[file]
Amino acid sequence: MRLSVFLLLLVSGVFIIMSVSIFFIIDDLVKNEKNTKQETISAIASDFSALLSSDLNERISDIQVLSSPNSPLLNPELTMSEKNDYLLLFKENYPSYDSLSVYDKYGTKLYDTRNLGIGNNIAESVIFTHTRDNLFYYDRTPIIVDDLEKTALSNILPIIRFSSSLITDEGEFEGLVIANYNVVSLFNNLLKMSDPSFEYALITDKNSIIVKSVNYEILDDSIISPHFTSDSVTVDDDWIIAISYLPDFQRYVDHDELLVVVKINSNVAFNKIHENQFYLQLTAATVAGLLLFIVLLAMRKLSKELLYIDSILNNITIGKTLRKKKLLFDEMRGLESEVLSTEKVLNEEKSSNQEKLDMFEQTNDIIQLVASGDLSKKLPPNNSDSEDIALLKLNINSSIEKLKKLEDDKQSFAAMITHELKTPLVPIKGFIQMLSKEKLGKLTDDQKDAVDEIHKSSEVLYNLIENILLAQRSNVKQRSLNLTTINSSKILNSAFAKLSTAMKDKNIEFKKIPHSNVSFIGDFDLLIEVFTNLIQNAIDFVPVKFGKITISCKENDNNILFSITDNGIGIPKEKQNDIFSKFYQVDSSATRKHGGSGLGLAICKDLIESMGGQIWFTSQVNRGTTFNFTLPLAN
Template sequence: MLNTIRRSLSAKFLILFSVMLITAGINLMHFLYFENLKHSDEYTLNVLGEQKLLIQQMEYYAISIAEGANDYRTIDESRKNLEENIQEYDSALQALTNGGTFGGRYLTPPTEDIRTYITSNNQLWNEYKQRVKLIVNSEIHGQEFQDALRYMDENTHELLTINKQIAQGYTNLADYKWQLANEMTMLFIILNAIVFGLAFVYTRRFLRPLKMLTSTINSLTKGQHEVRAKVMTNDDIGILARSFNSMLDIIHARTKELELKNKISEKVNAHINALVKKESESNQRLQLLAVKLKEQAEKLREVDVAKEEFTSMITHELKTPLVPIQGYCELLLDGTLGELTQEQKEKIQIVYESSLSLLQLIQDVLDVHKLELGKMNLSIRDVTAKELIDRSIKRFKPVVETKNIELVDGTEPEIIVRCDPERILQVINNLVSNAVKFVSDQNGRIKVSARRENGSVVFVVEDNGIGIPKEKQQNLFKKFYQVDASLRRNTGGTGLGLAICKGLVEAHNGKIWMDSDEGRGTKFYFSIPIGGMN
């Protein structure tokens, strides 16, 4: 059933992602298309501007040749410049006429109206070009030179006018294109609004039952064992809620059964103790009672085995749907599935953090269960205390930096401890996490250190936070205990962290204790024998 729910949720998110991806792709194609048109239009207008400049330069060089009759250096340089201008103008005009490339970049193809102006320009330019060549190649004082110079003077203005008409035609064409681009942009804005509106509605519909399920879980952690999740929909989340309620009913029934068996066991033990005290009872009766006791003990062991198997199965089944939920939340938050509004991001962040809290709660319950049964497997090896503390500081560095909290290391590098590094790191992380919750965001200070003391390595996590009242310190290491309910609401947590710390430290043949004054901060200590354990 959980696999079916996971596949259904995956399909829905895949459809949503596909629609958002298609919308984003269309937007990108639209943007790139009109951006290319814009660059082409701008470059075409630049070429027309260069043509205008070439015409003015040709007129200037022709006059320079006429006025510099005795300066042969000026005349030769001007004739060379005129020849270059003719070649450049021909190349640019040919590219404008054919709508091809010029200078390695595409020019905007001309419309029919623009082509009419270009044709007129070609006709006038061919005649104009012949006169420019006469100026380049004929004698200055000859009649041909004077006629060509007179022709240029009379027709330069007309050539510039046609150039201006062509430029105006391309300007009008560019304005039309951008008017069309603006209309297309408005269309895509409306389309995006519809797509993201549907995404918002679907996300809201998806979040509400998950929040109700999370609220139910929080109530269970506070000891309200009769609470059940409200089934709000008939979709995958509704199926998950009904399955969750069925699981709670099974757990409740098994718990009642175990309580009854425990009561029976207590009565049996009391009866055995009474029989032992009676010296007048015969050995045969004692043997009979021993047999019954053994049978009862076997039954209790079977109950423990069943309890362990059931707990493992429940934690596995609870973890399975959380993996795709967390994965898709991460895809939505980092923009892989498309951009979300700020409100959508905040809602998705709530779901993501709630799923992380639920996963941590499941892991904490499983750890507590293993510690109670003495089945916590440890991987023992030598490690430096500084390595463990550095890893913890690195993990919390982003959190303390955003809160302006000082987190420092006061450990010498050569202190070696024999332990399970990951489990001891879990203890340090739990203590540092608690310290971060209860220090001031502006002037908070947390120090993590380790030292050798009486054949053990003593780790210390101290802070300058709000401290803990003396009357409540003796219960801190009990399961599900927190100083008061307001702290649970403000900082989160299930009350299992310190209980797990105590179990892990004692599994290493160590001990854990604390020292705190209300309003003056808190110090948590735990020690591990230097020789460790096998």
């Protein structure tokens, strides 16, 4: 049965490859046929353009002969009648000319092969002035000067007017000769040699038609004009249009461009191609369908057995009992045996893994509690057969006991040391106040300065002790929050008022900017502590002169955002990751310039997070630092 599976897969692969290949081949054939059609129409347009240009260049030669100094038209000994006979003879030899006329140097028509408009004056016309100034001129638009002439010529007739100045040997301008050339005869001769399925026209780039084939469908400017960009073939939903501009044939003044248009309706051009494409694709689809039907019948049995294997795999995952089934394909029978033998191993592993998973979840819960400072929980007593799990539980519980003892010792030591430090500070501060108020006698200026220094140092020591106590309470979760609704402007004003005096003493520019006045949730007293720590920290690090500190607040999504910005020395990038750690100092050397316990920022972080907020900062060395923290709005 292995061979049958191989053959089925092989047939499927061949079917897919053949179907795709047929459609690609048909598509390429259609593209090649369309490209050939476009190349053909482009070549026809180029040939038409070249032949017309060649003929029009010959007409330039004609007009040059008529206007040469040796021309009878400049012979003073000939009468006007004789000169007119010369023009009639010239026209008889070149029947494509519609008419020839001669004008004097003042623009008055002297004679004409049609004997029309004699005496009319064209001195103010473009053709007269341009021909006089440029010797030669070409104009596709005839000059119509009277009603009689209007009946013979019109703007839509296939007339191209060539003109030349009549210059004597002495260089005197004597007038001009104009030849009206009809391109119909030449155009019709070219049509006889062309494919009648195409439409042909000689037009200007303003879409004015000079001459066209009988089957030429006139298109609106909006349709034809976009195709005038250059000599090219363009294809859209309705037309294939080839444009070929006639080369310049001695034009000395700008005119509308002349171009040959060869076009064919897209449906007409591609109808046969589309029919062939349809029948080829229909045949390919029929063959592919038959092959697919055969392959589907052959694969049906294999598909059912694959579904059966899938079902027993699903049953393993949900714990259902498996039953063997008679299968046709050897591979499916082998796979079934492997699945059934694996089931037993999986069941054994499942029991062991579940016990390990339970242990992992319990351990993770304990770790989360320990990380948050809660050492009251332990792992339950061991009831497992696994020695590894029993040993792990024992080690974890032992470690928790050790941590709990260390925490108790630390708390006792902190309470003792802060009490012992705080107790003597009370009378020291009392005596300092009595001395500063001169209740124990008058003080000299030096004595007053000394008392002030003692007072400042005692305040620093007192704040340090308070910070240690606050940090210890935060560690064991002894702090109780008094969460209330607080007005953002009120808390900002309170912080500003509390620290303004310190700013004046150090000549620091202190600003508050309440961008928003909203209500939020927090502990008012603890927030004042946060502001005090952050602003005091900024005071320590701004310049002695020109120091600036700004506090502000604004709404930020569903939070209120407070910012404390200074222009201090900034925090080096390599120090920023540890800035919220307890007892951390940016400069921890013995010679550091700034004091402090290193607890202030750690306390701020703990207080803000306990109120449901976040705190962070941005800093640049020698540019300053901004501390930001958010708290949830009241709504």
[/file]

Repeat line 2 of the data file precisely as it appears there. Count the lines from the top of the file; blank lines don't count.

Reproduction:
Template sequence: MLNTIRRSLSAKFLILFSVMLITAGINLMHFLYFENLKHSDEYTLNVLGEQKLLIQQMEYYAISIAEGANDYRTIDESRKNLEENIQEYDSALQALTNGGTFGGRYLTPPTEDIRTYITSNNQLWNEYKQRVKLIVNSEIHGQEFQDALRYMDENTHELLTINKQIAQGYTNLADYKWQLANEMTMLFIILNAIVFGLAFVYTRRFLRPLKMLTSTINSLTKGQHEVRAKVMTNDDIGILARSFNSMLDIIHARTKELELKNKISEKVNAHINALVKKESESNQRLQLLAVKLKEQAEKLREVDVAKEEFTSMITHELKTPLVPIQGYCELLLDGTLGELTQEQKEKIQIVYESSLSLLQLIQDVLDVHKLELGKMNLSIRDVTAKELIDRSIKRFKPVVETKNIELVDGTEPEIIVRCDPERILQVINNLVSNAVKFVSDQNGRIKVSARRENGSVVFVVEDNGIGIPKEKQQNLFKKFYQVDASLRRNTGGTGLGLAICKGLVEAHNGKIWMDSDEGRGTKFYFSIPIGGMN